"Subsistence-level hunters aren’t necessarily more moral than other people; they just can’t get away with selfish behavior because they live in small groups where almost everything is open to scrutiny. Modern society, on the other hand, is a sprawling and anonymous mess where people can get away with incredible levels of dishonesty without getting caught. What tribal people would consider a profound betrayal of the group, modern society simply dismisses as fraud. … This fundamental lack of connectedness allows people to act in trivial but incredibly selfish ways. … That diminishes you morally far more than it diminishes your country financially.” --Sebastian Junger, Tribe, 2016

  • I've often wondered how society can work against the good of the people it is made up of? Wouldn't the people change the society? I guess it's like someone jumping to their death when none of the cells in their body particularly want to die. We're carried along like lemmings on a calving glacier.
    – Scott Rowe
    Commented Feb 18 at 23:45
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    Re: “wondered how society can work against the good of the people it is made up of” It happens at a smaller scale even: "In every Church, in every institution, there is something which sooner or later works against the very purpose for which it came into existence.” --C.S. Lewis, Letters To Malcolm, 1963 AND also at a civilization level, with generally predictable stages which maybe you are referring to: Khaldun(1377), others, Dalio(2021), Urban(2023). I have a spreadsheet comparing these, if interested. Commented Feb 19 at 1:35

Kaczynski himself may or may not be a conservative, but "the breakdown of traditional values" is something conservatives keep fear-mongering about, and they keep asserting that this is somehow the same as the breakdown of society at large, even though it's rarely more than an assertion, and modern society is better than any point in the past by practically every conceivable metric (especially if you look towards more progressive societies).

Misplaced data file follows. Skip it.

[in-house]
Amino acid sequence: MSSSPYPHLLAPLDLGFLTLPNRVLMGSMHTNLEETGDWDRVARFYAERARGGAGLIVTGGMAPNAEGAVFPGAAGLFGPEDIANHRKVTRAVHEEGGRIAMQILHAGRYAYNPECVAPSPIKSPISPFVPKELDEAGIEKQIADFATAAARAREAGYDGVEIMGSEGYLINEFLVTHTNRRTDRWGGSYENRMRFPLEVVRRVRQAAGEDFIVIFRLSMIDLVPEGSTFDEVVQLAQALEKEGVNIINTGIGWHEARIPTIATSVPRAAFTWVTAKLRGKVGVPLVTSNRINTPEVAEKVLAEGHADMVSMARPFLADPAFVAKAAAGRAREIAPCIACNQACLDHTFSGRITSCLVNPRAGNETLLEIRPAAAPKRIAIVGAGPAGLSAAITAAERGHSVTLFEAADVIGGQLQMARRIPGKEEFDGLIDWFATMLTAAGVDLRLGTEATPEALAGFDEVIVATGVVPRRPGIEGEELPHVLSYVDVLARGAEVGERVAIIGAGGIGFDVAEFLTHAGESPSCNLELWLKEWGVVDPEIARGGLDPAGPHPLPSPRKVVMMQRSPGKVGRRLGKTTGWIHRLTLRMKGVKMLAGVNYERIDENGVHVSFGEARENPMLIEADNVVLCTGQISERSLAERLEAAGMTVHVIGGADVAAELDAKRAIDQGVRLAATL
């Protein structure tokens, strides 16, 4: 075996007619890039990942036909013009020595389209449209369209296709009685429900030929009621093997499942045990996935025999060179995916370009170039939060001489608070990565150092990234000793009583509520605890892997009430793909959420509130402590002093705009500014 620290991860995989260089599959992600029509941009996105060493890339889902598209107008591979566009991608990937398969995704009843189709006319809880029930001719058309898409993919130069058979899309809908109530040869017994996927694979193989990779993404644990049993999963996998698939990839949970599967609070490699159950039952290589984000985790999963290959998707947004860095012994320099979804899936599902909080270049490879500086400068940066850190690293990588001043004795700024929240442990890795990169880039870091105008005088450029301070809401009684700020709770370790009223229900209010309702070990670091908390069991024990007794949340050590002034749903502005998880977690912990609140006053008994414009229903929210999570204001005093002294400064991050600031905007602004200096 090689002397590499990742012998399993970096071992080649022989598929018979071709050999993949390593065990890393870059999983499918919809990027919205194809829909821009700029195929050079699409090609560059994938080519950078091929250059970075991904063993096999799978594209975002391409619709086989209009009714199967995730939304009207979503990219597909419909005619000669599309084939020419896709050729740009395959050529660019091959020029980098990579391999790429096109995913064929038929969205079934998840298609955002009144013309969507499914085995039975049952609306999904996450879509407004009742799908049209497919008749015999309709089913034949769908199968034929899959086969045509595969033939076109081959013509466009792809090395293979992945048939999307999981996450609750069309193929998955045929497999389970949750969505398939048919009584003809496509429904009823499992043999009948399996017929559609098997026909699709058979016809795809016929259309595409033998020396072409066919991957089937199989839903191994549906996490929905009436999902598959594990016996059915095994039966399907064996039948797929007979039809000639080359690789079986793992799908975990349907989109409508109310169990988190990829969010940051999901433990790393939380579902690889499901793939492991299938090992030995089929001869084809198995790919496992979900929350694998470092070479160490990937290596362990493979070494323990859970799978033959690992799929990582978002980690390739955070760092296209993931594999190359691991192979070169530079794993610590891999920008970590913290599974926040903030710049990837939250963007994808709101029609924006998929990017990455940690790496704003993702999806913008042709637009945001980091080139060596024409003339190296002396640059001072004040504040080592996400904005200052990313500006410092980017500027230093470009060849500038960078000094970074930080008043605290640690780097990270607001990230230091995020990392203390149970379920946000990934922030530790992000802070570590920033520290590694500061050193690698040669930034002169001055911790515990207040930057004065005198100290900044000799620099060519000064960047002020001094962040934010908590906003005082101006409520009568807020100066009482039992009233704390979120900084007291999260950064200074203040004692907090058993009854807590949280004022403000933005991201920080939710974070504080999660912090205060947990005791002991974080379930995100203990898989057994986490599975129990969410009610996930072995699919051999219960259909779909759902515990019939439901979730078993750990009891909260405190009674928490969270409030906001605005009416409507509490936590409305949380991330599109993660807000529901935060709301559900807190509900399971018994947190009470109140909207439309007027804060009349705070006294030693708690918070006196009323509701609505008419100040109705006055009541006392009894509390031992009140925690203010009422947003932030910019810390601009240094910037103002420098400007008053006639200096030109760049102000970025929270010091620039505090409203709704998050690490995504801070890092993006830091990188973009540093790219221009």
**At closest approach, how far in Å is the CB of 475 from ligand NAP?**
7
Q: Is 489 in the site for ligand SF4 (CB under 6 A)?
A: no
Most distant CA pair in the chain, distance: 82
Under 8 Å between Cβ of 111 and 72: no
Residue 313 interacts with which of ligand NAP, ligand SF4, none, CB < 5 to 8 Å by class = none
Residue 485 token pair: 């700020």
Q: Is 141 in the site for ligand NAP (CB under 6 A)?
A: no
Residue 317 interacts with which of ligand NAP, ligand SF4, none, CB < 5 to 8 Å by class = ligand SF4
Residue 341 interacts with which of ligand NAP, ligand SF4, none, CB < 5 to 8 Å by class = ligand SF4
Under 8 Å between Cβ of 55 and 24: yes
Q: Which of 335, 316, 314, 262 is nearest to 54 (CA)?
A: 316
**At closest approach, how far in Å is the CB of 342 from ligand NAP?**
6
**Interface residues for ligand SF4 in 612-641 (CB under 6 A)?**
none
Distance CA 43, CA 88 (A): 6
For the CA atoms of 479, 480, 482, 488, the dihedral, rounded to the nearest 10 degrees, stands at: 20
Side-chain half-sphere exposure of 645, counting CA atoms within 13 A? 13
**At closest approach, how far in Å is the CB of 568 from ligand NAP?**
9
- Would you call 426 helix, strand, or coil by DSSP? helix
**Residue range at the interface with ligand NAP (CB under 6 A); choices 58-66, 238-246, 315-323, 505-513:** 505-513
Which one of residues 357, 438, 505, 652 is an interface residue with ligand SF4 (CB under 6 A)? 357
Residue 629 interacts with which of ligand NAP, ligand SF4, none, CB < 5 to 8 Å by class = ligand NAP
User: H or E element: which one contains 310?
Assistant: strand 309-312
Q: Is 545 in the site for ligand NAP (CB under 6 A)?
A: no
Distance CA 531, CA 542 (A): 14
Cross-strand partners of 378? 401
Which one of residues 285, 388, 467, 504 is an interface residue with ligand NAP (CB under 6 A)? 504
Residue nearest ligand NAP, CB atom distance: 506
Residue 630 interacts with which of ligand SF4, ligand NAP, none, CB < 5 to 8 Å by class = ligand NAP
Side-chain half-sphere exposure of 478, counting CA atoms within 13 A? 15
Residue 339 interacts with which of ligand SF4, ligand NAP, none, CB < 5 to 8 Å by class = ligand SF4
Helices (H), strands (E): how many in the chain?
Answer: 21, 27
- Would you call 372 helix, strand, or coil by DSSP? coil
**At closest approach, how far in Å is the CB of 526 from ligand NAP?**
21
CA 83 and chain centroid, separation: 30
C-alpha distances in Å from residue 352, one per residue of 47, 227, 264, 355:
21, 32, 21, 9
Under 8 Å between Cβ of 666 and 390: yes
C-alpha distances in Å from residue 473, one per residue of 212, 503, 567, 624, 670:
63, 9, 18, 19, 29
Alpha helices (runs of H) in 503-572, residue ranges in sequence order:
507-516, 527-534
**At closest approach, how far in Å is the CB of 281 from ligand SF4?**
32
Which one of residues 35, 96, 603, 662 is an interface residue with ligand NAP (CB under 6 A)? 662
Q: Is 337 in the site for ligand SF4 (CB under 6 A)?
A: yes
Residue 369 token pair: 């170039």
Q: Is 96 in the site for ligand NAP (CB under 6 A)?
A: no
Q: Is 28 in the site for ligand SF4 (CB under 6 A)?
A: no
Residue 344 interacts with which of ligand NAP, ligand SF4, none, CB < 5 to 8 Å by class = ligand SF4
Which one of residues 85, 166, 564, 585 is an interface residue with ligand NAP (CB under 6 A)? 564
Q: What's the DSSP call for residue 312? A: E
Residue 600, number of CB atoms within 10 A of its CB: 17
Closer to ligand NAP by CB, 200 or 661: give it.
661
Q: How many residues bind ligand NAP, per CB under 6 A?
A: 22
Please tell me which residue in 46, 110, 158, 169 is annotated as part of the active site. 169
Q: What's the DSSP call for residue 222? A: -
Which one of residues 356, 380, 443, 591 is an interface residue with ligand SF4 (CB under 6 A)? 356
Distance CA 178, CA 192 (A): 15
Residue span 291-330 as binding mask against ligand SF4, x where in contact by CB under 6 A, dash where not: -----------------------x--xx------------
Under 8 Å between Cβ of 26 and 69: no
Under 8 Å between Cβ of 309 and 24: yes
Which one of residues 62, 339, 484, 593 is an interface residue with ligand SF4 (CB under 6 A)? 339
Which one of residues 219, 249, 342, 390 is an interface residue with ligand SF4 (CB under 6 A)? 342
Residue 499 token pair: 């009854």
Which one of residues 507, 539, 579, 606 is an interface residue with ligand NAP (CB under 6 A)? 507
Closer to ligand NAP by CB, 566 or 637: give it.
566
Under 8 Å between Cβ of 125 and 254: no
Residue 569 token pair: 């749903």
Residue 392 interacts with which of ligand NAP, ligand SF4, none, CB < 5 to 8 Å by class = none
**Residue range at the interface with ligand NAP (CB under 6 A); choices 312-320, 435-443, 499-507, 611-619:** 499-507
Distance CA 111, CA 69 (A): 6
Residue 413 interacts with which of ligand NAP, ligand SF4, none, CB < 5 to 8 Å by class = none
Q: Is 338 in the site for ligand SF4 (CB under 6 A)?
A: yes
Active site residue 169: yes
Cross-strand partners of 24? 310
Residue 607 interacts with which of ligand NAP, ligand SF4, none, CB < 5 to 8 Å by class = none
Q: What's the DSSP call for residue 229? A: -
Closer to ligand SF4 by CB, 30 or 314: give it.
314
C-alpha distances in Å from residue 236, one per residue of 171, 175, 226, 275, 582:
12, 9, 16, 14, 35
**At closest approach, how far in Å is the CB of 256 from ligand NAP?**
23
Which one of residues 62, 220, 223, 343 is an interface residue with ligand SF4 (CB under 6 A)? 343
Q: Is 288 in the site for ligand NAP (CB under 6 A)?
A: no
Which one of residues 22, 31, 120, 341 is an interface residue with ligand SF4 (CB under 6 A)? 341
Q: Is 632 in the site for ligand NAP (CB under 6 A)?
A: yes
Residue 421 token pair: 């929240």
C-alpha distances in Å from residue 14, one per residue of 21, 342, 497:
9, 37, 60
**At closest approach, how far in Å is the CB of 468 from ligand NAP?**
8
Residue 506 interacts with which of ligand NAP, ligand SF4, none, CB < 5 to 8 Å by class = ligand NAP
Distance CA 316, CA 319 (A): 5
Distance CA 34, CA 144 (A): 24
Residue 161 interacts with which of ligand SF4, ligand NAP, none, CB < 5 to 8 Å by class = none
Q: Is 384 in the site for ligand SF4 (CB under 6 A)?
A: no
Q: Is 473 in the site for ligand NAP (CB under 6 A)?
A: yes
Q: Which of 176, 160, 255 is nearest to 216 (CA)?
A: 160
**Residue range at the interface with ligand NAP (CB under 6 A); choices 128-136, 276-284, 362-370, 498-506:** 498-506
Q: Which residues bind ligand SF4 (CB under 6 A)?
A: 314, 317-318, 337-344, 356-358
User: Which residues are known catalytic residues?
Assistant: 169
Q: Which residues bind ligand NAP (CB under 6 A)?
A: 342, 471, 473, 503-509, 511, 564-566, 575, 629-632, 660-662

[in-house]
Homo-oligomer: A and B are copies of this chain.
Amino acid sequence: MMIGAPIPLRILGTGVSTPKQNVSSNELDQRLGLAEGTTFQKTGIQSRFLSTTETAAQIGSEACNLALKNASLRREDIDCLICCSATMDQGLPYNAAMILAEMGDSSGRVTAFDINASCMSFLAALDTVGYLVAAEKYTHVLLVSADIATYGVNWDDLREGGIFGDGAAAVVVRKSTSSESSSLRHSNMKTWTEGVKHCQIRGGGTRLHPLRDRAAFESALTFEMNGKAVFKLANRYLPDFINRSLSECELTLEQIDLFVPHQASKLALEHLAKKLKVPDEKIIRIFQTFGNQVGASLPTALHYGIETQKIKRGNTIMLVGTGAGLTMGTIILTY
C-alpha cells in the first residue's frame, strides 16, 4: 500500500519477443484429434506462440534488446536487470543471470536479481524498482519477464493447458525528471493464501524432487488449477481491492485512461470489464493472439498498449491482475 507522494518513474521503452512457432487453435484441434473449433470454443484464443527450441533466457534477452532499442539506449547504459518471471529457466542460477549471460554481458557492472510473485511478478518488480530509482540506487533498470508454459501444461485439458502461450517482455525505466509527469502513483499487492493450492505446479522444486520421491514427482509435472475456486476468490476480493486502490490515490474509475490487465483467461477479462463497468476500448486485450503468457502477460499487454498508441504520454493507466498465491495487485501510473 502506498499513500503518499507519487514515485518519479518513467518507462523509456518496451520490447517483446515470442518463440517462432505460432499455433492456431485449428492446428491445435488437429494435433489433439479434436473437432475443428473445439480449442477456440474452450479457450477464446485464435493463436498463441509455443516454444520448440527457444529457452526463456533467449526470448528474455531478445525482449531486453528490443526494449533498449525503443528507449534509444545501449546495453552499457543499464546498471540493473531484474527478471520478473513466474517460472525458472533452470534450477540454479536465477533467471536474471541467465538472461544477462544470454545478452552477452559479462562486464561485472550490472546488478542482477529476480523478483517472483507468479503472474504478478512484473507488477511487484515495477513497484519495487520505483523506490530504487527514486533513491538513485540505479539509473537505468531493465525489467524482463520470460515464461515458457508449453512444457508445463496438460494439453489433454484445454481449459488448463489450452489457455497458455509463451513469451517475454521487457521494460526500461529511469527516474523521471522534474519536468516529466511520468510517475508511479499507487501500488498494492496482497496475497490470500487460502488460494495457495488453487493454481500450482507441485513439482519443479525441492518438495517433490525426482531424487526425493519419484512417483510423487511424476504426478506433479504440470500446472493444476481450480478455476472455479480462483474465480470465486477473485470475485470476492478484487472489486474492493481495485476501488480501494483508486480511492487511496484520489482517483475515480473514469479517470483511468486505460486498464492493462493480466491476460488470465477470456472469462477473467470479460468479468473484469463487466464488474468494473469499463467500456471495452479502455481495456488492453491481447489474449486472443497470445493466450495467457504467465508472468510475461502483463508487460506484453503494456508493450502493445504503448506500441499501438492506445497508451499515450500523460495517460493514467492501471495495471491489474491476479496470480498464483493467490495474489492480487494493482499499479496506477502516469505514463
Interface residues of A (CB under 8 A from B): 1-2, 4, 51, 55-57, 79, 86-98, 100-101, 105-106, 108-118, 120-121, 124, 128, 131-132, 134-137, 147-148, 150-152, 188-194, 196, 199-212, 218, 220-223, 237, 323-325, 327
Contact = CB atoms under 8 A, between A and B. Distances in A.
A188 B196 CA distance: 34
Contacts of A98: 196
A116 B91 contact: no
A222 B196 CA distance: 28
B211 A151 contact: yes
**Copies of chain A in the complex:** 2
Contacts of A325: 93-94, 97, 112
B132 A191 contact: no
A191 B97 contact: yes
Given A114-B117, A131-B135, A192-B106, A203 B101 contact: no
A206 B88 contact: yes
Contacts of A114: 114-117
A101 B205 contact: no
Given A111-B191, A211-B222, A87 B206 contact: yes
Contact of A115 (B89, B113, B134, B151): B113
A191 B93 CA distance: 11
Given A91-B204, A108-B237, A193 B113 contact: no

Modern society of course has problems, and some of those problems may be a result of advancement. It's rare to make a change without also introducing some new problems, but that doesn't automatically mean that the change was bad. The way to fix a problem with motorised vehicles is not to abandon them altogether and go back to riding horses, the way to solve climate change is not by going back to living primitively in the woods, and the way to fix the problems with some medication is not to discontinue it (unless problems outweigh the benefits, which has led to discontinuing plenty of medication, but essentially all medication has some risks or downsides, yet we keep using those because the benefits are greater).

Kaczynski seems to focus on social groups.

He presents "the system" as antagonistic to small-scale communities, but I don't see much support for that, and there are significant issues with his argument:

  • He seems to suggest that "small-scale social groups", "family ties" and "local communities" are both important and non-substitutable.